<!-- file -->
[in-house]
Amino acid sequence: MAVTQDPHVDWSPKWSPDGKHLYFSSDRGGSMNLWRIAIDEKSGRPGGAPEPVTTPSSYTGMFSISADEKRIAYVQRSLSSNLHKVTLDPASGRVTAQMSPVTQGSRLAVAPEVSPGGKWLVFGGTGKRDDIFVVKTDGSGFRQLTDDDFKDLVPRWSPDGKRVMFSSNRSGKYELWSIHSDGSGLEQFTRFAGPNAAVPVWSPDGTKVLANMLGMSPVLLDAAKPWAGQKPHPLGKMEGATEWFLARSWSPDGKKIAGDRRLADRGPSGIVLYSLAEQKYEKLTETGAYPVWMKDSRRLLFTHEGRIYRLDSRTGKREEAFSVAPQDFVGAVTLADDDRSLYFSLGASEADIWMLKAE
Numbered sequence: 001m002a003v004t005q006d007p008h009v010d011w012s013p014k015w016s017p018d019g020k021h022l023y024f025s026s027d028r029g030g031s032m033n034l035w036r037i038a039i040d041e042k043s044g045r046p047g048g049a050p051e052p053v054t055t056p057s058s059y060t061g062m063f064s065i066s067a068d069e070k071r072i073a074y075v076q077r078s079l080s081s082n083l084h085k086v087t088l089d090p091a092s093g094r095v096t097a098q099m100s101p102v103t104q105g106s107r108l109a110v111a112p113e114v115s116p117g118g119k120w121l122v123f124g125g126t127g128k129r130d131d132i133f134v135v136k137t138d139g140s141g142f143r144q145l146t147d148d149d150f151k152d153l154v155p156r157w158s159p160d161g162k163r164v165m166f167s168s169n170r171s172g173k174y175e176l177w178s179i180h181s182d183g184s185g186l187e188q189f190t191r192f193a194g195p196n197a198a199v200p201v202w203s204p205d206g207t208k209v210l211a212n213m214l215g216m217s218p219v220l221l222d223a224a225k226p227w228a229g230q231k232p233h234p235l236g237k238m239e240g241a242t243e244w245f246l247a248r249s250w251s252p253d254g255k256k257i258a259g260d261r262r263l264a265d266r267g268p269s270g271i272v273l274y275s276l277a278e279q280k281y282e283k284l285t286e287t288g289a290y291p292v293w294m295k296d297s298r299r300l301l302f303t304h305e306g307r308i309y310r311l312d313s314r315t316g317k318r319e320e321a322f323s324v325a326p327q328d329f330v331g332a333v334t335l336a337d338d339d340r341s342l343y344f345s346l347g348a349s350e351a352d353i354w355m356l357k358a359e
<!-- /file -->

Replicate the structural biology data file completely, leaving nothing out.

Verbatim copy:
[in-house]
Amino acid sequence: MAVTQDPHVDWSPKWSPDGKHLYFSSDRGGSMNLWRIAIDEKSGRPGGAPEPVTTPSSYTGMFSISADEKRIAYVQRSLSSNLHKVTLDPASGRVTAQMSPVTQGSRLAVAPEVSPGGKWLVFGGTGKRDDIFVVKTDGSGFRQLTDDDFKDLVPRWSPDGKRVMFSSNRSGKYELWSIHSDGSGLEQFTRFAGPNAAVPVWSPDGTKVLANMLGMSPVLLDAAKPWAGQKPHPLGKMEGATEWFLARSWSPDGKKIAGDRRLADRGPSGIVLYSLAEQKYEKLTETGAYPVWMKDSRRLLFTHEGRIYRLDSRTGKREEAFSVAPQDFVGAVTLADDDRSLYFSLGASEADIWMLKAE
Numbered sequence: 001m002a003v004t005q006d007p008h009v010d011w012s013p014k015w016s017p018d019g020k021h022l023y024f025s026s027d028r029g030g031s032m033n034l035w036r037i038a039i040d041e042k043s044g045r046p047g048g049a050p051e052p053v054t055t056p057s058s059y060t061g062m063f064s065i066s067a068d069e070k071r072i073a074y075v076q077r078s079l080s081s082n083l084h085k086v087t088l089d090p091a092s093g094r095v096t097a098q099m100s101p102v103t104q105g106s107r108l109a110v111a112p113e114v115s116p117g118g119k120w121l122v123f124g125g126t127g128k129r130d131d132i133f134v135v136k137t138d139g140s141g142f143r144q145l146t147d148d149d150f151k152d153l154v155p156r157w158s159p160d161g162k163r164v165m166f167s168s169n170r171s172g173k174y175e176l177w178s179i180h181s182d183g184s185g186l187e188q189f190t191r192f193a194g195p196n197a198a199v200p201v202w203s204p205d206g207t208k209v210l211a212n213m214l215g216m217s218p219v220l221l222d223a224a225k226p227w228a229g230q231k232p233h234p235l236g237k238m239e240g241a242t243e244w245f246l247a248r249s250w251s252p253d254g255k256k257i258a259g260d261r262r263l264a265d266r267g268p269s270g271i272v273l274y275s276l277a278e279q280k281y282e283k284l285t286e287t288g289a290y291p292v293w294m295k296d297s298r299r300l301l302f303t304h305e306g307r308i309y310r311l312d313s314r315t316g317k318r319e320e321a322f323s324v325a326p327q328d329f330v331g332a333v334t335l336a337d338d339d340r341s342l343y344f345s346l347g348a349s350e351a352d353i354w355m356l357k358a359e